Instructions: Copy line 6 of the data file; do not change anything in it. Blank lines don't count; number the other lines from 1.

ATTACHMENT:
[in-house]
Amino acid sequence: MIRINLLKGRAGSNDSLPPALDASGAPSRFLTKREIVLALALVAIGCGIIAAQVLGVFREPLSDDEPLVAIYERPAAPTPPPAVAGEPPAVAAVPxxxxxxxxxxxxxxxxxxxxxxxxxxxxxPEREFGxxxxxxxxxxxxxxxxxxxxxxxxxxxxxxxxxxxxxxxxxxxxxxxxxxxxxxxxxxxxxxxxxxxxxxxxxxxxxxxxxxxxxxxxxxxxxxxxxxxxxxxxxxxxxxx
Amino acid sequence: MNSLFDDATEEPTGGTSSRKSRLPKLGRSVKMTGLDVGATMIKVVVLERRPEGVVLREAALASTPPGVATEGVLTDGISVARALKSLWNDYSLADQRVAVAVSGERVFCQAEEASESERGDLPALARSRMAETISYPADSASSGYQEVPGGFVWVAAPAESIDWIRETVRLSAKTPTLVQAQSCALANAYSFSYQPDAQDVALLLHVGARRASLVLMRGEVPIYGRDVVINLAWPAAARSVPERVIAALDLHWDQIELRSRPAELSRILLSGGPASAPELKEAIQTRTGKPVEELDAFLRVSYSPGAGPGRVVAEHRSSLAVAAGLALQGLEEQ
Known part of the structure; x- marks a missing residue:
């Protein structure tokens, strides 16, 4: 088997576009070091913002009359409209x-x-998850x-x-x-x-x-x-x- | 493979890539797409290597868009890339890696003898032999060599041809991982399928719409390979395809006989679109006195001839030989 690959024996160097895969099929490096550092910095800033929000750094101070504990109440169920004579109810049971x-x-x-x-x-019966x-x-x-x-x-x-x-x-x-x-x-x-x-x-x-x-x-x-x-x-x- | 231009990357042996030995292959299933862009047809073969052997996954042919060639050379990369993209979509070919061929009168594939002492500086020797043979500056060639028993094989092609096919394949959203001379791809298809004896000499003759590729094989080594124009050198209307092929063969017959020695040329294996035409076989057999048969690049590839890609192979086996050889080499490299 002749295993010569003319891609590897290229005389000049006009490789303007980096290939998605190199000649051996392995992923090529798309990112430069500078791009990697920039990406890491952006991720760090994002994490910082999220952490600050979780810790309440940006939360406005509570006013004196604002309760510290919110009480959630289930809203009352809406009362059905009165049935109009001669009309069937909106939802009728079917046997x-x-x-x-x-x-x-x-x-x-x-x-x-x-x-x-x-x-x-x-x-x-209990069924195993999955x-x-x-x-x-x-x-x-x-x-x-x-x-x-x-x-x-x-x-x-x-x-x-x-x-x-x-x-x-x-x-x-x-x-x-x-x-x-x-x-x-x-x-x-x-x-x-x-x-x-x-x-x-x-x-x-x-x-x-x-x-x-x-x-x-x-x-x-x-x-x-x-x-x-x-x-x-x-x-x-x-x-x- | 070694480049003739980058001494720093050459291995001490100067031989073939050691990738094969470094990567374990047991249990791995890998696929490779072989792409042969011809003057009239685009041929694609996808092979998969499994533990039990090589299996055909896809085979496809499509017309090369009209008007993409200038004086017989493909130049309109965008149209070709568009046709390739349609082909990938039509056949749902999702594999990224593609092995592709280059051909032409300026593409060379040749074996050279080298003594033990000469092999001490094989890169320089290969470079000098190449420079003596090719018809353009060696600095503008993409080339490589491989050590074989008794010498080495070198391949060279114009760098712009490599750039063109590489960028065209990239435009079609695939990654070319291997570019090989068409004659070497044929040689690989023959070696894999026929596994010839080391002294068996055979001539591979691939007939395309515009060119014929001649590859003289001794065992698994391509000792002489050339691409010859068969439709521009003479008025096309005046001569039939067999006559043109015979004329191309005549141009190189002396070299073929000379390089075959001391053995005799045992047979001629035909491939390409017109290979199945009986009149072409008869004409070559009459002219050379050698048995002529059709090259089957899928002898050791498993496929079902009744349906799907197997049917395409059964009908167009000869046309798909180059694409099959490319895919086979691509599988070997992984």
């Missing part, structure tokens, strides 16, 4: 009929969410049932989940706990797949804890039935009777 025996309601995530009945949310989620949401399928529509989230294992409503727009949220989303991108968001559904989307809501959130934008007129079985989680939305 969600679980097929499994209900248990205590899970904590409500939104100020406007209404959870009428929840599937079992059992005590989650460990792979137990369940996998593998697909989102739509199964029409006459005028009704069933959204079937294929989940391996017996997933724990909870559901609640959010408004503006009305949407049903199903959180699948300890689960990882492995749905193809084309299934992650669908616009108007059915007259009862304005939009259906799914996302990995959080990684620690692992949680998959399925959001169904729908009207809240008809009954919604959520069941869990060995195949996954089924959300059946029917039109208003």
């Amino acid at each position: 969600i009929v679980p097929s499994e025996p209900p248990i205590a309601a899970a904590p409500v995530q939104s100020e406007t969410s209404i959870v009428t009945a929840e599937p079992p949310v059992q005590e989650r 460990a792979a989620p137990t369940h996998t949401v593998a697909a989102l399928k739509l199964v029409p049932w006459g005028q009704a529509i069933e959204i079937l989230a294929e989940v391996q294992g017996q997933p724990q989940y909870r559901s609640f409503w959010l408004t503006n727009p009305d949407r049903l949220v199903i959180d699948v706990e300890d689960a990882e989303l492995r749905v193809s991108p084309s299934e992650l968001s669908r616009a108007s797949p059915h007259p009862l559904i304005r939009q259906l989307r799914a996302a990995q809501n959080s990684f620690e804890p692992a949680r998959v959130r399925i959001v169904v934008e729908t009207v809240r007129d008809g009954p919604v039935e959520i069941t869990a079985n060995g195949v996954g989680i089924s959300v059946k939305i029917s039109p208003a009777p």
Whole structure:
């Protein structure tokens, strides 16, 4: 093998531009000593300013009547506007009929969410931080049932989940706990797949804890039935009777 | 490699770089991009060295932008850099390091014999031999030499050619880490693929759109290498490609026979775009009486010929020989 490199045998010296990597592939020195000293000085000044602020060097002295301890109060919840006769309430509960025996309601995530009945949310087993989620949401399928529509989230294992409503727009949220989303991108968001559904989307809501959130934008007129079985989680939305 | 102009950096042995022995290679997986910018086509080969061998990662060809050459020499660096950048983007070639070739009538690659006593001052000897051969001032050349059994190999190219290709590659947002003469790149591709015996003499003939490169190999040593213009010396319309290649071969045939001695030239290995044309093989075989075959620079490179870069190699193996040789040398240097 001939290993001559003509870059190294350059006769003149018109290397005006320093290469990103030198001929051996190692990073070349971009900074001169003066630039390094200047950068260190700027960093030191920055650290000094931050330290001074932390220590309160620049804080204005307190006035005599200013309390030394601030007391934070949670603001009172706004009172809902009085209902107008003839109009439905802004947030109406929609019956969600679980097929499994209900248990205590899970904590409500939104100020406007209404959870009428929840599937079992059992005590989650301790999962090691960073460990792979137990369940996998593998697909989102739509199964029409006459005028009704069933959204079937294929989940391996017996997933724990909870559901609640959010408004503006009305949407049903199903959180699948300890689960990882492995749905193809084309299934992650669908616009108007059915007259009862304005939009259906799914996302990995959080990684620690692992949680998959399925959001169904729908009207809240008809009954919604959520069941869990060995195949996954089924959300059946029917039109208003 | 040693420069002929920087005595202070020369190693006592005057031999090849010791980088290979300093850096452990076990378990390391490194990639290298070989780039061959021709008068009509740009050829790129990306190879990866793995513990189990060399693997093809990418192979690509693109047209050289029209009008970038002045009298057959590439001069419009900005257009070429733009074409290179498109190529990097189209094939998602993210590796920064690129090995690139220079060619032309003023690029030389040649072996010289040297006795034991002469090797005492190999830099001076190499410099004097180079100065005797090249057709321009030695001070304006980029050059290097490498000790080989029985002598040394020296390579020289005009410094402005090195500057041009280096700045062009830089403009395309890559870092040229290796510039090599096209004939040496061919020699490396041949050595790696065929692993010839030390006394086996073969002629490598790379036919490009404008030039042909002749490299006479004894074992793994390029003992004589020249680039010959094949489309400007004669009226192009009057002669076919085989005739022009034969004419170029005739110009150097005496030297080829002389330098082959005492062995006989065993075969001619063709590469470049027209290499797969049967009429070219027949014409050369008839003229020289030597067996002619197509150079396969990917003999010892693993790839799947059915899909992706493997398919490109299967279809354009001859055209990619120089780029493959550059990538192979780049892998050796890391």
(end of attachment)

């Missing part, structure tokens, strides 16, 4: 009929969410049932989940706990797949804890039935009777 025996309601995530009945949310989620949401399928529509989230294992409503727009949220989303991108968001559904989307809501959130934008007129079985989680939305 969600679980097929499994209900248990205590899970904590409500939104100020406007209404959870009428929840599937079992059992005590989650460990792979137990369940996998593998697909989102739509199964029409006459005028009704069933959204079937294929989940391996017996997933724990909870559901609640959010408004503006009305949407049903199903959180699948300890689960990882492995749905193809084309299934992650669908616009108007059915007259009862304005939009259906799914996302990995959080990684620690692992949680998959399925959001169904729908009207809240008809009954919604959520069941869990060995195949996954089924959300059946029917039109208003």